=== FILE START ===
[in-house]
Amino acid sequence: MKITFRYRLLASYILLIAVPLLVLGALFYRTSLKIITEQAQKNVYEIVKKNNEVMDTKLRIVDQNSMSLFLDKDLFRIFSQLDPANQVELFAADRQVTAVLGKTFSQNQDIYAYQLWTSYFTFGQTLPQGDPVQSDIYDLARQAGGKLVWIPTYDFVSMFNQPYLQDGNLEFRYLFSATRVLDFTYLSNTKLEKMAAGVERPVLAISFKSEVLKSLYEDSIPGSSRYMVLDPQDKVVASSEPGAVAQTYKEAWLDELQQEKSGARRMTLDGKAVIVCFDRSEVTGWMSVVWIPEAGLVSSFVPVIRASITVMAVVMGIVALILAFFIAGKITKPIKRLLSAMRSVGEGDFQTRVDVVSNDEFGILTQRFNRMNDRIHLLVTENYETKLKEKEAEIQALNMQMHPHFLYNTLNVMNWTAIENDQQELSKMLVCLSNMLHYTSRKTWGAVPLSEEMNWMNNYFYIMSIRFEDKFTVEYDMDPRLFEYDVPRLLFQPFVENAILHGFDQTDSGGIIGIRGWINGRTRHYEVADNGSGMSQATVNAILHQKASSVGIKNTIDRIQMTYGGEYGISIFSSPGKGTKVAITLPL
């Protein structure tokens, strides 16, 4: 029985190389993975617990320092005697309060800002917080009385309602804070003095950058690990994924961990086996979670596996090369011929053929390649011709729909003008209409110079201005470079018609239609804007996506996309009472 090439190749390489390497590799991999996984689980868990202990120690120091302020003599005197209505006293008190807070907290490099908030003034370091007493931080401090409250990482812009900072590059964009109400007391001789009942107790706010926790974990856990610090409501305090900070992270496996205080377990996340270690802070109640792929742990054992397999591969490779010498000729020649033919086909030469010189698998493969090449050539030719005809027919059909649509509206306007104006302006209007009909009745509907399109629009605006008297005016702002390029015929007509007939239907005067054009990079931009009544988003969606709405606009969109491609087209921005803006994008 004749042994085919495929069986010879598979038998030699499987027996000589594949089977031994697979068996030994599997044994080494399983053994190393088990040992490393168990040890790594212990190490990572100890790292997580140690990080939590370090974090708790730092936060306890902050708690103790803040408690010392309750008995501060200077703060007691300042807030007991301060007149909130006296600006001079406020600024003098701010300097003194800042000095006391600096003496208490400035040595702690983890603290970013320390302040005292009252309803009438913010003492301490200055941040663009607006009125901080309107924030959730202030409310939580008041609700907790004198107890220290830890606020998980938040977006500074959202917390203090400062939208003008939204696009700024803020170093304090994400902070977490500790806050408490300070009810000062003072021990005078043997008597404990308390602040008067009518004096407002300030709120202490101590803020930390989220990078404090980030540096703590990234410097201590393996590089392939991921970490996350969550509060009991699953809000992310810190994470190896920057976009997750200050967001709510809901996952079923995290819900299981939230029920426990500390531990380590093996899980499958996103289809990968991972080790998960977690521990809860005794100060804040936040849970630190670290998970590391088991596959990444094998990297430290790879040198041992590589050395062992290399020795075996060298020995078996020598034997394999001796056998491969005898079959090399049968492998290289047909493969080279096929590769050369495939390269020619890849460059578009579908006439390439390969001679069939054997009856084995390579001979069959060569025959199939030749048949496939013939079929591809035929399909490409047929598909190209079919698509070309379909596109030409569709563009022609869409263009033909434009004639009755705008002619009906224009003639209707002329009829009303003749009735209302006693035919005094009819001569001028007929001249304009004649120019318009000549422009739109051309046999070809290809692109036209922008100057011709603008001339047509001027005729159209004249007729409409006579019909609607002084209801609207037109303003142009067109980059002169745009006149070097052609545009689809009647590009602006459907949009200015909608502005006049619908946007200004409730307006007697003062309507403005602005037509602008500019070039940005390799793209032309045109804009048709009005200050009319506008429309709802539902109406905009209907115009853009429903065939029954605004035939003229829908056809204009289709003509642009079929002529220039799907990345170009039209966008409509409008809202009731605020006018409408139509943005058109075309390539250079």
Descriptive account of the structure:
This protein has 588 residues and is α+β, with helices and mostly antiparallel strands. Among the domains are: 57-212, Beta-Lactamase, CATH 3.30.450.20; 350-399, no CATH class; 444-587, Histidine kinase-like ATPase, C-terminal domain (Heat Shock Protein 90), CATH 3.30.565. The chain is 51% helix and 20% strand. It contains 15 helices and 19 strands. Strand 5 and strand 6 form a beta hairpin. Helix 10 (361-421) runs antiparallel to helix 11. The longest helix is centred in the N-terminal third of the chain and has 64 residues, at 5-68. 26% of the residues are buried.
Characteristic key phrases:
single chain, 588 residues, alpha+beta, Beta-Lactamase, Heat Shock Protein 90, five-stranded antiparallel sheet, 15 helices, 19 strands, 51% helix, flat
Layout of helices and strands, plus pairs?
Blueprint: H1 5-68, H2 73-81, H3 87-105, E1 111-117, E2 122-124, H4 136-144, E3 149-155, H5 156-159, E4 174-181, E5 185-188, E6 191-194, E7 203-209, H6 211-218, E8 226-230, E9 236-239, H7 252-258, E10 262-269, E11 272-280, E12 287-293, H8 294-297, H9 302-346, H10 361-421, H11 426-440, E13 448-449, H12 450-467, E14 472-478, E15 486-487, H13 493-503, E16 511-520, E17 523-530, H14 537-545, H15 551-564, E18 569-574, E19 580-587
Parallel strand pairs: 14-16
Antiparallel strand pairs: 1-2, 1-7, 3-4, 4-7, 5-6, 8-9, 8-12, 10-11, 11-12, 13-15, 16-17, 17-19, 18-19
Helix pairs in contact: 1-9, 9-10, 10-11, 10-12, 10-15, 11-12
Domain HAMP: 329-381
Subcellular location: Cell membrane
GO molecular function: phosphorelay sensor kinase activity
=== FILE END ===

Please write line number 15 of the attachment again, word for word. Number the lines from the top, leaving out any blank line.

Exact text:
GO molecular function: phosphorelay sensor kinase activity